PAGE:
Wednesday, March 3, 2010

Writing about food for Examiner.com 1 -- How it works

So, I haven't been too faithful about keeping this up. I find that writing about food but not talking much about the food itself is unsatisfying and kind of pointless. Still, as long as I'm writing about food for Examiner.com, I don't think I'm going to write much about food here, save to plant links to those Examiner articles, some of which, if I do say so myself, are quite nice and contain delicious recipes.

Instead, I think, at least for a while, I'll write about writing about food, specifically about writing about food for Examiner.com. This post will be the first in a series about my experience so far with Examiner, pulling essentially no punches on them and being as fair as is possible.

For those who don't know, Examiner.com is an online magazine of sorts, and its writers are independent contractors that get paid competitive wages (*more on this below*) for writing about any topic within their expertise once they're hired as an Examiner. The application process is easy: go to the website, sign up to write for them, list referrals (like me, see links below to my Examiner titles if you feel this article sways your interests toward writing for them enough to contact me so that I can properly refer you), write a short piece, give them a little bio and a profile pic, and wait a little while. As a tip if you apply to write for Examiner, keep that little piece via some version of copy and paste since you'll likely want to submit something you think is good, and you'll never see it again after the application. Keep your bio info too because there's an oddly good chance you'll have to submit it again and won't have access to whatever you spent time thinking up in the first place.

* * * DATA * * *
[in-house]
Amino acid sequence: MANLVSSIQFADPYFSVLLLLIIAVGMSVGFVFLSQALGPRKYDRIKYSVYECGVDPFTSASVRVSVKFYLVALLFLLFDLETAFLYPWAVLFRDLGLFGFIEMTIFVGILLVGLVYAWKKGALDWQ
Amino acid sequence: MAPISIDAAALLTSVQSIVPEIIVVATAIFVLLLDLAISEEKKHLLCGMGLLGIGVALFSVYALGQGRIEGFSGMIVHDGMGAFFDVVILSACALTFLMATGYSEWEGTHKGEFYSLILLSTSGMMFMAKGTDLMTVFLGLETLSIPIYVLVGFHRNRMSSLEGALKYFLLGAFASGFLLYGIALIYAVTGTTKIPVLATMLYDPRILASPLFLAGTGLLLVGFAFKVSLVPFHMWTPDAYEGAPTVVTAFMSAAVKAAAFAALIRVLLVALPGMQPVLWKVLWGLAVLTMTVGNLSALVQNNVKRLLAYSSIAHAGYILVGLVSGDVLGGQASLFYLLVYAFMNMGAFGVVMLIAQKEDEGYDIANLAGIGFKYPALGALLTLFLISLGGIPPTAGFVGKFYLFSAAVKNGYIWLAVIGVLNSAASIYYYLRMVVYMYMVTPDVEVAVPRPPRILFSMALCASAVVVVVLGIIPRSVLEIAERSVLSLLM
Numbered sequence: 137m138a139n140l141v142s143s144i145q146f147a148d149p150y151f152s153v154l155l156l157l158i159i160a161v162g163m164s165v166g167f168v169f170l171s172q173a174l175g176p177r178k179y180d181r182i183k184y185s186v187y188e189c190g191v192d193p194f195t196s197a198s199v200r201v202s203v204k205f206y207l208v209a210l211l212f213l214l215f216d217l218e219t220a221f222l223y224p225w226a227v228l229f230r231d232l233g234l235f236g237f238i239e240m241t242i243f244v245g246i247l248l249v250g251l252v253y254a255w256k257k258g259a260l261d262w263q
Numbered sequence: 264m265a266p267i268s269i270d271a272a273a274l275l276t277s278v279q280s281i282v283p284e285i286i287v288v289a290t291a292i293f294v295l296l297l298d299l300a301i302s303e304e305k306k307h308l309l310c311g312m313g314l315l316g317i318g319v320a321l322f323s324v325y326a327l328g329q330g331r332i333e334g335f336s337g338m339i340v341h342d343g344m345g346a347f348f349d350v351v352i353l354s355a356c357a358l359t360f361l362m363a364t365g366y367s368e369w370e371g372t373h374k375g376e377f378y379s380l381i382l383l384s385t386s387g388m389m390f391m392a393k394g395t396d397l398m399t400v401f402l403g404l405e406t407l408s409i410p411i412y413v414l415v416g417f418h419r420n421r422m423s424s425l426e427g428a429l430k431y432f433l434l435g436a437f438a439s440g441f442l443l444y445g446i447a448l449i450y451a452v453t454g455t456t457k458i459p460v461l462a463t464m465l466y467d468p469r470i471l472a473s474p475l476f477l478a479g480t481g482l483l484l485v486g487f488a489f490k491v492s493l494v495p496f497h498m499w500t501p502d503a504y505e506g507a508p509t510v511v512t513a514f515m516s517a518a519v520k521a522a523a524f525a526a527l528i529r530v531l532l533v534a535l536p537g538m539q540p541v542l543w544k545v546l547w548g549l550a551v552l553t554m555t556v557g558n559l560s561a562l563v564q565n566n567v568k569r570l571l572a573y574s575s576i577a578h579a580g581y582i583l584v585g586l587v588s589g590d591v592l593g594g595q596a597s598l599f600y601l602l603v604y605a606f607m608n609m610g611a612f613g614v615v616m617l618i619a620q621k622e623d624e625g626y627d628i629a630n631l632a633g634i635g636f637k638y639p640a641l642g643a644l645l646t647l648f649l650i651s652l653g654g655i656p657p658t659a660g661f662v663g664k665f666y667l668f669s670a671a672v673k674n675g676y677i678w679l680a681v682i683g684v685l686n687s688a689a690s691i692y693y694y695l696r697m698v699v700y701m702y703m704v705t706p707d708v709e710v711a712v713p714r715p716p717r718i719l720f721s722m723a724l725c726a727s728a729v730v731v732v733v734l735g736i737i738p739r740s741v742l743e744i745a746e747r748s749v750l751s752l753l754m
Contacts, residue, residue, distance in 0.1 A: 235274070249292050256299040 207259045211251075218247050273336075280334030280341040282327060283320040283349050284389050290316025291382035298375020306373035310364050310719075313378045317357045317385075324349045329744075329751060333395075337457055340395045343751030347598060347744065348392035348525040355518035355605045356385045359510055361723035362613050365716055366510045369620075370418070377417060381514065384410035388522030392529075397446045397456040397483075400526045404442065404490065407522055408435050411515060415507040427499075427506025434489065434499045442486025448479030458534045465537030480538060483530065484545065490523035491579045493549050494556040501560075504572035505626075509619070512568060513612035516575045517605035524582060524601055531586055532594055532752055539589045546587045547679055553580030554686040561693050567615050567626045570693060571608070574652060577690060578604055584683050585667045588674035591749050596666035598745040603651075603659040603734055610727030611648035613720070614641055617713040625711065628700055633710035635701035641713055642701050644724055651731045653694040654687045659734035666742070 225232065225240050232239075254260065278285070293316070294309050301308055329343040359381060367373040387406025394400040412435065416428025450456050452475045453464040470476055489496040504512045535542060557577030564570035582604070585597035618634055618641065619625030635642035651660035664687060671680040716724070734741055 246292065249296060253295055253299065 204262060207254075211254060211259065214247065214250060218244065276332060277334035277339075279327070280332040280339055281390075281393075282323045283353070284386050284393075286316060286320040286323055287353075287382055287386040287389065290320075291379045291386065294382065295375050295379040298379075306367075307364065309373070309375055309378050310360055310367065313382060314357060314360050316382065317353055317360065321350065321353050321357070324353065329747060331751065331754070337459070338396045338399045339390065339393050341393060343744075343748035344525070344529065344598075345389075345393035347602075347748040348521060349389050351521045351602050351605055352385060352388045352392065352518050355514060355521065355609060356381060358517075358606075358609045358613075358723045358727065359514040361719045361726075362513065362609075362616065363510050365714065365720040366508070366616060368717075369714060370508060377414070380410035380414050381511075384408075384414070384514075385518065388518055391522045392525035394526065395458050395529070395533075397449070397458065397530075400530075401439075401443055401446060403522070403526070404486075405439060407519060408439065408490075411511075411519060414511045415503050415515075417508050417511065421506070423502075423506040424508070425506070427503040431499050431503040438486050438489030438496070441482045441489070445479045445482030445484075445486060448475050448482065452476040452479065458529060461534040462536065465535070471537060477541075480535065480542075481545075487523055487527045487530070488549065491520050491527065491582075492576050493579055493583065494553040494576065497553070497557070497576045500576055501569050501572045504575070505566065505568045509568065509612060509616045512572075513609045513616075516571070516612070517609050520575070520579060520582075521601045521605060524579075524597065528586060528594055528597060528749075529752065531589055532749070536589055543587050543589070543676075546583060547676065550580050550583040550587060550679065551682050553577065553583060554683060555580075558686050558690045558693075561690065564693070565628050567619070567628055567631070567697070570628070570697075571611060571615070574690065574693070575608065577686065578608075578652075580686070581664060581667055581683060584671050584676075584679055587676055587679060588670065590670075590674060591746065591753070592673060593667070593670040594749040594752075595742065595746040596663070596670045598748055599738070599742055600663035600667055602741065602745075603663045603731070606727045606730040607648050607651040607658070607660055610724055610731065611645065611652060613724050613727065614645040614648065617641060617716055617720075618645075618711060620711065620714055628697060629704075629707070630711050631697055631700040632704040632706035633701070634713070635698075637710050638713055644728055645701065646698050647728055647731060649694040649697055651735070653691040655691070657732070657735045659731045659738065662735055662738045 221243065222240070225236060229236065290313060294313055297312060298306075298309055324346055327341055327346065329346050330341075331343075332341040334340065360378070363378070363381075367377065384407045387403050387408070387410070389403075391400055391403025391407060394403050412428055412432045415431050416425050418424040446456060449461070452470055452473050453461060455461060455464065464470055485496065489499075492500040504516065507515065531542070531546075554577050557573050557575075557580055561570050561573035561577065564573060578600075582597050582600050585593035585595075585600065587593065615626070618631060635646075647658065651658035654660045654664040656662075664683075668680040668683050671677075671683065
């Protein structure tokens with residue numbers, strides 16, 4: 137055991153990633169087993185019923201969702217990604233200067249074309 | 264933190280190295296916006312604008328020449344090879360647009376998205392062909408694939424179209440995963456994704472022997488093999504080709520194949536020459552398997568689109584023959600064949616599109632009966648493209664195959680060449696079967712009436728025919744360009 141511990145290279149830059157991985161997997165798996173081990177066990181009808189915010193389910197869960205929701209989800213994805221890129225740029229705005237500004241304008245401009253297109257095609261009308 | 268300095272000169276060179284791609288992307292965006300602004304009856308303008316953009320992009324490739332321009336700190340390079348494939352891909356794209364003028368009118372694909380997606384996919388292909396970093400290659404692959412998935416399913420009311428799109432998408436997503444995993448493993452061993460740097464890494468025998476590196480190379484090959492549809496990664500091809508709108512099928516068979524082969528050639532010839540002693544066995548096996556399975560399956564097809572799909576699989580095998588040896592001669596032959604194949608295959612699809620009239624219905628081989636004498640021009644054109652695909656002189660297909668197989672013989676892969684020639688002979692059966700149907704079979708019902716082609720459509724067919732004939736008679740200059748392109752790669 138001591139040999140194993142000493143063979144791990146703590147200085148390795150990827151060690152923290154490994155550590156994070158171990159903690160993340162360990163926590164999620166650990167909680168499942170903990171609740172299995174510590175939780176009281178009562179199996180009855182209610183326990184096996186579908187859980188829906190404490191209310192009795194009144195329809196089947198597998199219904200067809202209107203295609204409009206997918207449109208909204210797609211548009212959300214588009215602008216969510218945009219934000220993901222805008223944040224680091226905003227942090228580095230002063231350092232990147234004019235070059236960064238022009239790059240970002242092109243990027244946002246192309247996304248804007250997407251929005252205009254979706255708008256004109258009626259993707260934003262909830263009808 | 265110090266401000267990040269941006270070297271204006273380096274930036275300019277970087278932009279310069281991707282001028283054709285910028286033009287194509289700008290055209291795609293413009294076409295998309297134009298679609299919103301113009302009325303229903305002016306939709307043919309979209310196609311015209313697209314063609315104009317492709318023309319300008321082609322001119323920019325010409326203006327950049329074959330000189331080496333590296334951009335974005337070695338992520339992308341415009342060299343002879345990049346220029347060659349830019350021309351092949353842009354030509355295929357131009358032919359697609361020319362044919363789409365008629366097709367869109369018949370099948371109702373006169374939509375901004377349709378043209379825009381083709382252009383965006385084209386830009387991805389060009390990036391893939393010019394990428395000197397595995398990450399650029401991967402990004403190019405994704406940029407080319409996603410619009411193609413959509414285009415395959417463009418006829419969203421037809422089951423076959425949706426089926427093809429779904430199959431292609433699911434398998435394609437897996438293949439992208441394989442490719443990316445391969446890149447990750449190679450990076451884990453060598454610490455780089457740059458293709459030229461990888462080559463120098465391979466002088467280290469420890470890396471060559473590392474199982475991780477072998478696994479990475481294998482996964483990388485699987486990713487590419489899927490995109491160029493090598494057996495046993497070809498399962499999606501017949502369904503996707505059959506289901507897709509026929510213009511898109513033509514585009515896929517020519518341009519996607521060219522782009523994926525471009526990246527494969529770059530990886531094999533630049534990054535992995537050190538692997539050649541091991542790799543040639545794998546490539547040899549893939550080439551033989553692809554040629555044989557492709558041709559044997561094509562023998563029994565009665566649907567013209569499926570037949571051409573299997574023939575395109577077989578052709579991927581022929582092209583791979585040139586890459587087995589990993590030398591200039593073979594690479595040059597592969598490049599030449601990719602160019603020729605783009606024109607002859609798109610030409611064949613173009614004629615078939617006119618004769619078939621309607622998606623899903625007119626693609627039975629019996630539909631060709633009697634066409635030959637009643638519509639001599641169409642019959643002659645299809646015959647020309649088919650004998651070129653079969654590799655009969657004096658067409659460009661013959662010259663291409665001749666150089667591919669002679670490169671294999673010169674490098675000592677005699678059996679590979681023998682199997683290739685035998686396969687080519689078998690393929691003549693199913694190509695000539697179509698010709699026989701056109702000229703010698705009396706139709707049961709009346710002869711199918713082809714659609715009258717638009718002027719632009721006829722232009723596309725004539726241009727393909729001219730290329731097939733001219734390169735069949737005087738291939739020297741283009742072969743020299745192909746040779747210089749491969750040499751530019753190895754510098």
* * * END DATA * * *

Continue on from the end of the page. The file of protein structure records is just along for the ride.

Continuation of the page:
About those "competitive wages," they come in two forms, depending on your title. Everyone with Examiner.com starts as a local Examiner, which means that they're tied to and associated with the local area they apply to write for, usually the one they live in. Examiner pushes hard on an "everything local" initiative, and so local Examiners are expected to write about locally relevant content, although this can simply mean pointing a reader toward local resources for gathering more information or relevant stuff (like ingredients) to the article. In that, Examiner.com offers its local Examiners a "local incentive," via its "Rules of the Road," a short list of content rules that essentially boil down to putting a local spin on every article. That incentive is $1 per article for up to 5 articles per week (for a maximum of about $260 a year in local incentive pay, which is on top of "performance pay," by page views). That is about to double for sponsored local Examiners, which means local Examiners that are sponsored by some (local?) business.